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How New Infusions Are Stirring Turkey’s Tea Heaven


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(CNN) — Atop a terrifying mountain in northeast Turkey, the village of Haremtepe resembles an island surrounded by a vast ocean of greenery: leafy, leafy rows of tea plantations stretch as far as the hazy sky fleetingly allows.

Dozens of local tea pickers, almost entirely hidden in the dark green hillside vegetation, quickly and efficiently pluck the glistening leaves and deposit them in large, slung cloth bags before the next deluge begins.

“This place is special,” says Kenan Çiftçi, owner of a tea plantation and a cafe in the dizzyingly placed village. “Normally, tea can only be grown in equatorial areas. But the region’s microclimate, lots of sun and rain, means tea can thrive.”

Here and everywhere in Rize – a fertile province bordering the Black Sea that is known for its humid climate, monsoon rains and breathtaking vistas – is where the majority of tea is grown in what is most largest nation of tea drinkers in the world. .

The British and Chinese, steeped in tea history, may attract more attention, but Turkey (or Türkiye as it is now called) has, by some estimates, the highest per capita consumption in the world – – the average Turk consumes four kilograms of the leaf per year, according to the International Tea Committee, the equivalent of its 85 million people drinking four glasses a day.

‘Culinary pleasure’

Much of Turkish tea comes from the lush plantations of Rize province.

Ruslan Kalnitsky/Adobe Stock

Brewed in a samovar-style utensil called caydanlik, the powerful loose black tea is usually drunk very regularly in small tulip-shaped glasses. At the same time, the traditional technique of infusing Turkish tea – using a particular “double boiling” system of two kettles stacked on top of each other – can take a long time to prepare, and therefore goes hand in hand with the technique often slower. rhythm of Turkish life.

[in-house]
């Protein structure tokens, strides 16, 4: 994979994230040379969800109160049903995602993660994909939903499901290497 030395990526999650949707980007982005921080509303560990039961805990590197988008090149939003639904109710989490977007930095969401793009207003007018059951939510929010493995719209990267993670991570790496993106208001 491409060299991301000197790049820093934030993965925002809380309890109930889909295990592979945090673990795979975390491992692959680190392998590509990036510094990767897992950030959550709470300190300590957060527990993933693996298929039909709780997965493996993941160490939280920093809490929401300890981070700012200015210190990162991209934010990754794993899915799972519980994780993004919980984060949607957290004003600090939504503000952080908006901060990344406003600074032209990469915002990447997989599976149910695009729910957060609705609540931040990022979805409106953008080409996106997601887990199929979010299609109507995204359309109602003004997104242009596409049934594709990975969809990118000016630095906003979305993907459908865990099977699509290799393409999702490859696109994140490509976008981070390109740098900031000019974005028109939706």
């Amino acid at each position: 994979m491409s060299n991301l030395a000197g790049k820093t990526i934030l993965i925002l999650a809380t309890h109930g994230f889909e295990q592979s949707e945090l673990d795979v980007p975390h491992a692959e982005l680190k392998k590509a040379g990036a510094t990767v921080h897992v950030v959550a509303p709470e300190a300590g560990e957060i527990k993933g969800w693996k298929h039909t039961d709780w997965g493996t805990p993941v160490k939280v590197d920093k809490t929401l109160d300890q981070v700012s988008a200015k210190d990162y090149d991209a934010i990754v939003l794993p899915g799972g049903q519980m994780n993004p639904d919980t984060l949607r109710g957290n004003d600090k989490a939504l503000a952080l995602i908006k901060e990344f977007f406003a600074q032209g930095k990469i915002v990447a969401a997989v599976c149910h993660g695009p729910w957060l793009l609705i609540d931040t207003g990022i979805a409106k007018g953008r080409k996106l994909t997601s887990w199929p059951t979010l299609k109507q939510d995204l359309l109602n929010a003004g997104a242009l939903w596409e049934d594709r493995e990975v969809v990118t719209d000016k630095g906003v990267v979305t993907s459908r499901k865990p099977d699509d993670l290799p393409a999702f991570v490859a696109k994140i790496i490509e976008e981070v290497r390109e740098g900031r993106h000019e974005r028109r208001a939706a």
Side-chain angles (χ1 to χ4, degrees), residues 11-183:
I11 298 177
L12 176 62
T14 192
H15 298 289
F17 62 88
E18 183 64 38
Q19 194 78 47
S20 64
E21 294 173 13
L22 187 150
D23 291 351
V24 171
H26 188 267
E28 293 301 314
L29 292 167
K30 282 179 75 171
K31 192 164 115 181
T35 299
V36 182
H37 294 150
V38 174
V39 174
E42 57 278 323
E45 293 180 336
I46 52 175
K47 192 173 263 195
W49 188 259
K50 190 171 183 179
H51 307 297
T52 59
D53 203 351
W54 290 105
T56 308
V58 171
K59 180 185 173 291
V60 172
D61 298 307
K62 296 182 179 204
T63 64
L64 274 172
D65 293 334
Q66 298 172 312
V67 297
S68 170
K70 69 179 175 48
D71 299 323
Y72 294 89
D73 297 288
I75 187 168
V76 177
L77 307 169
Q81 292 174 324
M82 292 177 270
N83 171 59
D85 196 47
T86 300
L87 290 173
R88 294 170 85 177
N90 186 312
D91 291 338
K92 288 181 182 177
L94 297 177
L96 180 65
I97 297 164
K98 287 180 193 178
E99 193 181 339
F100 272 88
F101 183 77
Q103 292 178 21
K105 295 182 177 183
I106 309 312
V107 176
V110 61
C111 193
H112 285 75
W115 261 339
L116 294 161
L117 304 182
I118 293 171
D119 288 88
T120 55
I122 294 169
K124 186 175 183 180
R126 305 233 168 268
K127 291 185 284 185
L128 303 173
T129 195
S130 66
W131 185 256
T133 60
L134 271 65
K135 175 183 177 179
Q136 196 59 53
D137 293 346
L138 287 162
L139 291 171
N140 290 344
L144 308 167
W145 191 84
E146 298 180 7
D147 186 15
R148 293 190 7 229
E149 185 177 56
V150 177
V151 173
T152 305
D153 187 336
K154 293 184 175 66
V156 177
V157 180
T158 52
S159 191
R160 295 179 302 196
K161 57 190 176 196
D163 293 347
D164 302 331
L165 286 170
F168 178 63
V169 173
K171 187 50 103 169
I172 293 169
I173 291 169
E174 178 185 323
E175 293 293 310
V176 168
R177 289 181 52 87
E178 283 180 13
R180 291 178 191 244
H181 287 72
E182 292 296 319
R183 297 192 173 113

“Tea drinking is as much a social activity as it is a culinary pleasure,” says Hüseyin Karaman, rector of Recep Tayyip Erdoğan University in Rize, which launched a tea library earlier this year that contains 938 books devoted to tea. beverage. “It’s the glue that unites all the people in our society.”

From the bucolic grounds of the Black Sea to the laid-back Kurdish tea gardens of eastern Turkey and the ultra-hip cafes of Istanbul, tea is used for everything from welcoming strangers to meeting friends. ; start the day to relax after a meal; or to sip languidly during a game of backgammon.

Çay consumption is deeply tied to Turkish culture, according to Karaman, dating back to the days of the Silk Road – the centuries-old roadside inns known as caravanserais would often have teahouses to accommodate weary traders – and evidence of tea leaves dates back to the 16th century in the Ottoman Empire.
During the reign of Abdul Hamid II, who served as Sultan of the Ottoman Empire from 1876 to 1909, tea was planted throughout the empire, Karaman explains, but yields were generally poor due to many locations having an unsuitable climate. However, it was soon discovered that the Black Sea region was better suited to growing tea, and in 1947 the country’s first tea factory was established in Rize.

“Large-scale tea production here is a relatively modern phenomenon,” adds Karaman. “But it grew and spread quickly and became deeply embedded in the culture. Now it feels like tea has been around for thousands of years.”

stir it up

How New Infusions Are Stirring Turkey’s Tea Heaven

Turkey processed 275,000 tons of tea in 2021.

Emre Ercin